Fifth Malaysian man nabbed over $5.4 million impersonation scam

SINGAPORE - A fifth Malaysian suspect who was allegedly part of a 2017 impersonation scam which cost a woman about $5.4 million was arrested on Friday (March 29).

The 21-year-old man was nabbed in Kuala Lumpur, with the help of the Royal Malaysia Police, the Singapore Police Force said in a statement on Saturday.

The man, who was not identified, was brought to Singapore on Saturday.

He is expected to be charged on Monday for dishonestly receiving stolen property.

If convicted, he faces a jail term of up to five years, or a fine, or both.

In the November 2017 case, the 58-year-old woman was duped into thinking she had to surrender all her money to the authorities to assist in criminal investigations, said the Singapore police.

The scammers had allegedly impersonated officials from China.

The woman delivered the money to different strangers at various locations in Singapore over a week, police said, adding that the suspects left the country soon after that.

Since January last year, four other Malaysians have been arrested for their involvement in the case through the help of the Royal Malaysia Police.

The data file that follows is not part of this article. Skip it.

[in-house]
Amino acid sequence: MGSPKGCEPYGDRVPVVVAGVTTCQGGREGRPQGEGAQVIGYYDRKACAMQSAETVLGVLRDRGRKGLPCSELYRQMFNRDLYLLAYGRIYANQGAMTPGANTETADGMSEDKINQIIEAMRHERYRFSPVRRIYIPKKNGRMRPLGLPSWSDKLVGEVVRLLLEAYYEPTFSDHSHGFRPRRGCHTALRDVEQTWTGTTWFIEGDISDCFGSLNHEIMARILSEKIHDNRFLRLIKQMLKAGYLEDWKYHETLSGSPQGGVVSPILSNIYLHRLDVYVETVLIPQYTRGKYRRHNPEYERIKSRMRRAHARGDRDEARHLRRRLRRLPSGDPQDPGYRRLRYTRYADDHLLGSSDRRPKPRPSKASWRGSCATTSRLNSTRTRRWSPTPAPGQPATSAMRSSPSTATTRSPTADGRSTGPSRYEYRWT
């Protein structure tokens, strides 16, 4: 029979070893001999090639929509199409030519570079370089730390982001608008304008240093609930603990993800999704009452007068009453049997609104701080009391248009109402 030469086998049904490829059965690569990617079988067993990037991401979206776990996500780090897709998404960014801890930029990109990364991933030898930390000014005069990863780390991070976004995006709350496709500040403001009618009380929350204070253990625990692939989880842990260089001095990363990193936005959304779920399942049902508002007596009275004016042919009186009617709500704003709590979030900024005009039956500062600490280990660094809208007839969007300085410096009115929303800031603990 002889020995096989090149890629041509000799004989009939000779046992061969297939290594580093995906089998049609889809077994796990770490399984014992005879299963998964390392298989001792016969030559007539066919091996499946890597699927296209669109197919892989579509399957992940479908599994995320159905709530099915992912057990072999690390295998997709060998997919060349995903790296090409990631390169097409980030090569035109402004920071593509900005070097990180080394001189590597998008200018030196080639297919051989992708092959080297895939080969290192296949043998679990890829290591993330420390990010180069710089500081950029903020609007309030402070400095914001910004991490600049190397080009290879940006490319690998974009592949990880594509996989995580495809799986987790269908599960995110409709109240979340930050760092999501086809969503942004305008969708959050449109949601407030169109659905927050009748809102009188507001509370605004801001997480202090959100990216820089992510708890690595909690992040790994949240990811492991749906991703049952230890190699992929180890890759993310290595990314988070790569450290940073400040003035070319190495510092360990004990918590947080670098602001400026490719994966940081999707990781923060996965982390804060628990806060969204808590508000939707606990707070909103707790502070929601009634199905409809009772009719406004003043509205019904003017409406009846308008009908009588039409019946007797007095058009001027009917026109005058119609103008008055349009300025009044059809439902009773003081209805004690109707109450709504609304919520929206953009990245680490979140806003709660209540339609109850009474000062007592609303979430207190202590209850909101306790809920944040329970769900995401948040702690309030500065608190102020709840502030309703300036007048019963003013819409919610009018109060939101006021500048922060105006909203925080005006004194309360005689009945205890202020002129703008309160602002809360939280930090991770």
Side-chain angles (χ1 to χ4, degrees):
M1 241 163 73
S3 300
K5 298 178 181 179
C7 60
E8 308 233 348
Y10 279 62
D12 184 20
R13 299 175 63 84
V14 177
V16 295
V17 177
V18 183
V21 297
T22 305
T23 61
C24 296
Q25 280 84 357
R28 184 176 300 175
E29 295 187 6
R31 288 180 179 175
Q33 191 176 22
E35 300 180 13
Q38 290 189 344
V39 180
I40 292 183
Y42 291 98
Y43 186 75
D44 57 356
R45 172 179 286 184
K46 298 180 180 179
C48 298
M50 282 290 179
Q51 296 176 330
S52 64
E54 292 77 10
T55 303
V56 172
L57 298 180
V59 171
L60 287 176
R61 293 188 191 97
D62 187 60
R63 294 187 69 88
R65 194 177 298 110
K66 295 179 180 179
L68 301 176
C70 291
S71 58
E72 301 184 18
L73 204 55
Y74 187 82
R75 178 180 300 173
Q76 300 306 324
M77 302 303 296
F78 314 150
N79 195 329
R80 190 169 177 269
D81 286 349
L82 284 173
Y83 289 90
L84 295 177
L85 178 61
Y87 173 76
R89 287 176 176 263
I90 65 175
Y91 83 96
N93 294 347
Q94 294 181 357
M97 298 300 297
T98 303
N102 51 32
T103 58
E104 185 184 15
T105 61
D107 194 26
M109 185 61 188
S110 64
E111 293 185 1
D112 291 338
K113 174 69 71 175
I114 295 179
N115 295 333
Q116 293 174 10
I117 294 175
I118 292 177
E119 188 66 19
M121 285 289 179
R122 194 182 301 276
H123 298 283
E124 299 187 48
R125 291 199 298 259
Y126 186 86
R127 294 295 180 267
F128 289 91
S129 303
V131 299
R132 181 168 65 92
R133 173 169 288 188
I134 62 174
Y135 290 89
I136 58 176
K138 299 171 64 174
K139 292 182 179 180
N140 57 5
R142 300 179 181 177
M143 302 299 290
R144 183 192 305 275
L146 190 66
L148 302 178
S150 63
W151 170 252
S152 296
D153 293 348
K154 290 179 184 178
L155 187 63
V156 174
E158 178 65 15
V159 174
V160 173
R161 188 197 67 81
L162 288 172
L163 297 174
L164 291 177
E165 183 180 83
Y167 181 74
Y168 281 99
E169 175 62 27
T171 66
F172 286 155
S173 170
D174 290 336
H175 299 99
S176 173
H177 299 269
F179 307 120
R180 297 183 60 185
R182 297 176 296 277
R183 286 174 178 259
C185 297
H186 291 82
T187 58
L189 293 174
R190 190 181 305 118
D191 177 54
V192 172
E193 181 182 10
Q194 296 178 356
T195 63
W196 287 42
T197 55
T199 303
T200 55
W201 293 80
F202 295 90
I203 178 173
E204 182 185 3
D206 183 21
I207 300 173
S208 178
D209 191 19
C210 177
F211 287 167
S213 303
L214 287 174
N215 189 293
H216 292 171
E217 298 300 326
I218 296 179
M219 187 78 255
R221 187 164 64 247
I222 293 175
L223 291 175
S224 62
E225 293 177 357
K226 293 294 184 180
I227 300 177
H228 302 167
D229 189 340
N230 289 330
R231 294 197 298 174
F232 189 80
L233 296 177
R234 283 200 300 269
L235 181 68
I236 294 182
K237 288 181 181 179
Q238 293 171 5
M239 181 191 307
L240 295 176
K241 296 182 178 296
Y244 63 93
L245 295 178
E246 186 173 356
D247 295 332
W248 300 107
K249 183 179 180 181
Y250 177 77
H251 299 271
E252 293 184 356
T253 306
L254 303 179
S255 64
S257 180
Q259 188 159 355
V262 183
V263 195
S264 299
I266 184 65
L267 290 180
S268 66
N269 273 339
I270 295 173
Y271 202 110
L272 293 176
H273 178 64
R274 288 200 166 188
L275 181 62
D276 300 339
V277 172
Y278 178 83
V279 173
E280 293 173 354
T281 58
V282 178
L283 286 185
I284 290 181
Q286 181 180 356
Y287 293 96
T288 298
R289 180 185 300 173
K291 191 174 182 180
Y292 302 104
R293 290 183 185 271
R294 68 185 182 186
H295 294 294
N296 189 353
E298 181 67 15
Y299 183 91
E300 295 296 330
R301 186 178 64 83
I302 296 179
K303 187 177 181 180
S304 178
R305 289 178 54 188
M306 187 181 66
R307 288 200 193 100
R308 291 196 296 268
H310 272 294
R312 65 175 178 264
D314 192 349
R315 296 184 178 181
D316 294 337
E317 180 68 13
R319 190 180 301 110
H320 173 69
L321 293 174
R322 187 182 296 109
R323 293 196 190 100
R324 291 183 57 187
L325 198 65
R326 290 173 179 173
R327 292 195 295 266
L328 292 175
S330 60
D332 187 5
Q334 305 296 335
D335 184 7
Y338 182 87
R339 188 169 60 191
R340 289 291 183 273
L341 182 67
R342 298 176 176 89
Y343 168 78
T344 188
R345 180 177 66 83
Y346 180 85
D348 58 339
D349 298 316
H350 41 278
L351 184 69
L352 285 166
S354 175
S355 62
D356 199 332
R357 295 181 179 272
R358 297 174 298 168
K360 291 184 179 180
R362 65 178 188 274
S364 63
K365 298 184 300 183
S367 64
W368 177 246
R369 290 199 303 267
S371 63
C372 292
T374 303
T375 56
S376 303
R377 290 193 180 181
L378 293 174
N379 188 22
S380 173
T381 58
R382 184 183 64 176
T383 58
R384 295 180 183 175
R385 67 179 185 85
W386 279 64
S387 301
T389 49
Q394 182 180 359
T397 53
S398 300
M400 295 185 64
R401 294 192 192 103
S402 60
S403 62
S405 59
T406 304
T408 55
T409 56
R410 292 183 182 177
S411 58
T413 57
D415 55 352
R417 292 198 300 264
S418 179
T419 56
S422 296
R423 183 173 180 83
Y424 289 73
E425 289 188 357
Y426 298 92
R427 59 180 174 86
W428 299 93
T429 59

Two of them have been since been sentenced to jail for money laundering offences.

Looi Yu Chong was jailed four years and 10 months, while Cha Kok Haw got two years and six months behind bars.

The others have also been charged with money laundering offences.

In the statement, the police advised the public to take precautions when they receive unsolicited calls, especially those asking them to surrender money to avoid criminal investigations.

The public should ignore such calls and the caller's instructions, refrain from giving out personal information and bank details, and call a trusted friend or talk to a relative before they act.

Do not be pressured by the caller to act impulsively, police said.

Those looking for advice on dealing with scams should call the anti-scam helpline on 1800-722-6688 or visit

This article was first published in The Straits Times. Permission required for reproduction.